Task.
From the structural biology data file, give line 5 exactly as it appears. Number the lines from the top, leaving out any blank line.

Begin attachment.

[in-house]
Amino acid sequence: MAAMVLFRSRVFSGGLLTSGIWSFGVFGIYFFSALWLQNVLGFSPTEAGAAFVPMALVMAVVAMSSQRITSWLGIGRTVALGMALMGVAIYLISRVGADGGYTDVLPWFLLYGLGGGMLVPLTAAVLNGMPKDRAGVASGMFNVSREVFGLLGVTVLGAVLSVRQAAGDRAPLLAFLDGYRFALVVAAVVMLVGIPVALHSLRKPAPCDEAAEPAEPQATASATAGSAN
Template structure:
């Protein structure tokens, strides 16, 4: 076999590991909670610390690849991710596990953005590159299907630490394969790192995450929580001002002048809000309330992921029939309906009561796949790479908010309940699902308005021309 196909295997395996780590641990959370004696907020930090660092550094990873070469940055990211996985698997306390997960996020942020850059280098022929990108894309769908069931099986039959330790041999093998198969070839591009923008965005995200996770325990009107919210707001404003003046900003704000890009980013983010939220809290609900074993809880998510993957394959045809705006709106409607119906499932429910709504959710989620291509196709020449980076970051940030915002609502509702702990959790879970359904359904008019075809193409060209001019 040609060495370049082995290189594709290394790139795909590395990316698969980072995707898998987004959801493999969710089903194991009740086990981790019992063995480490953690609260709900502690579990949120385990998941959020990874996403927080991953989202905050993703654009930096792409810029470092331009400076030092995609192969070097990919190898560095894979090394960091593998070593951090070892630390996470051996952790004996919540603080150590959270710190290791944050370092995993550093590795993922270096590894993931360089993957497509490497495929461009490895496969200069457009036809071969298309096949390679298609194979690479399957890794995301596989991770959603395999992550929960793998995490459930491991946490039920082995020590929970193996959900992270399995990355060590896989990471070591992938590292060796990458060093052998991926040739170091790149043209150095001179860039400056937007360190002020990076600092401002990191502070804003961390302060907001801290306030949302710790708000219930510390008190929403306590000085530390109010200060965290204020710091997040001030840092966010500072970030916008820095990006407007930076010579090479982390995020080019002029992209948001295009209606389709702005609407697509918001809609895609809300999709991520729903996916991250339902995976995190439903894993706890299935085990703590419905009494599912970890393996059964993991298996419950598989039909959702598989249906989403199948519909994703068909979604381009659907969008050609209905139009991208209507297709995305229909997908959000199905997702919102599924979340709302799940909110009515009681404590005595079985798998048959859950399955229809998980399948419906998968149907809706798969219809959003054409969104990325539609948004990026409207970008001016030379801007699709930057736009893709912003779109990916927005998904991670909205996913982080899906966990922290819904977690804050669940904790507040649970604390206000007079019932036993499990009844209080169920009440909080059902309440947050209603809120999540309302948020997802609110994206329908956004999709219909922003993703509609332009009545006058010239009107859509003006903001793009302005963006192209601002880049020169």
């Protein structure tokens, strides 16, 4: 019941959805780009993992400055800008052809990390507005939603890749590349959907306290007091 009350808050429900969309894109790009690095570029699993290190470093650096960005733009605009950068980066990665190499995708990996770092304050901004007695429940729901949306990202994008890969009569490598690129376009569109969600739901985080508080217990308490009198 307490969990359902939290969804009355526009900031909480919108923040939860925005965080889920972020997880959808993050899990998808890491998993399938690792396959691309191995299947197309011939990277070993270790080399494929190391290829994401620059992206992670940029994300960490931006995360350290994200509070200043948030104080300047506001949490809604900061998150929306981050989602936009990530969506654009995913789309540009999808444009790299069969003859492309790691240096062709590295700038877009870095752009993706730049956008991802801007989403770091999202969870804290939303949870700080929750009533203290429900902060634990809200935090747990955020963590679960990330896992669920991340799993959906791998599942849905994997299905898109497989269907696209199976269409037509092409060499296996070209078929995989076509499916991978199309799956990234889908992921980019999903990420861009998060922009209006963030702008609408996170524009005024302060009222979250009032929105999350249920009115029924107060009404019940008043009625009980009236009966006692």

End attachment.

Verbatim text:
């Protein structure tokens, strides 16, 4: 019941959805780009993992400055800008052809990390507005939603890749590349959907306290007091 009350808050429900969309894109790009690095570029699993290190470093650096960005733009605009950068980066990665190499995708990996770092304050901004007695429940729901949306990202994008890969009569490598690129376009569109969600739901985080508080217990308490009198 307490969990359902939290969804009355526009900031909480919108923040939860925005965080889920972020997880959808993050899990998808890491998993399938690792396959691309191995299947197309011939990277070993270790080399494929190391290829994401620059992206992670940029994300960490931006995360350290994200509070200043948030104080300047506001949490809604900061998150929306981050989602936009990530969506654009995913789309540009999808444009790299069969003859492309790691240096062709590295700038877009870095752009993706730049956008991802801007989403770091999202969870804290939303949870700080929750009533203290429900902060634990809200935090747990955020963590679960990330896992669920991340799993959906791998599942849905994997299905898109497989269907696209199976269409037509092409060499296996070209078929995989076509499916991978199309799956990234889908992921980019999903990420861009998060922009209006963030702008609408996170524009005024302060009222979250009032929105999350249920009115029924107060009404019940008043009625009980009236009966006692």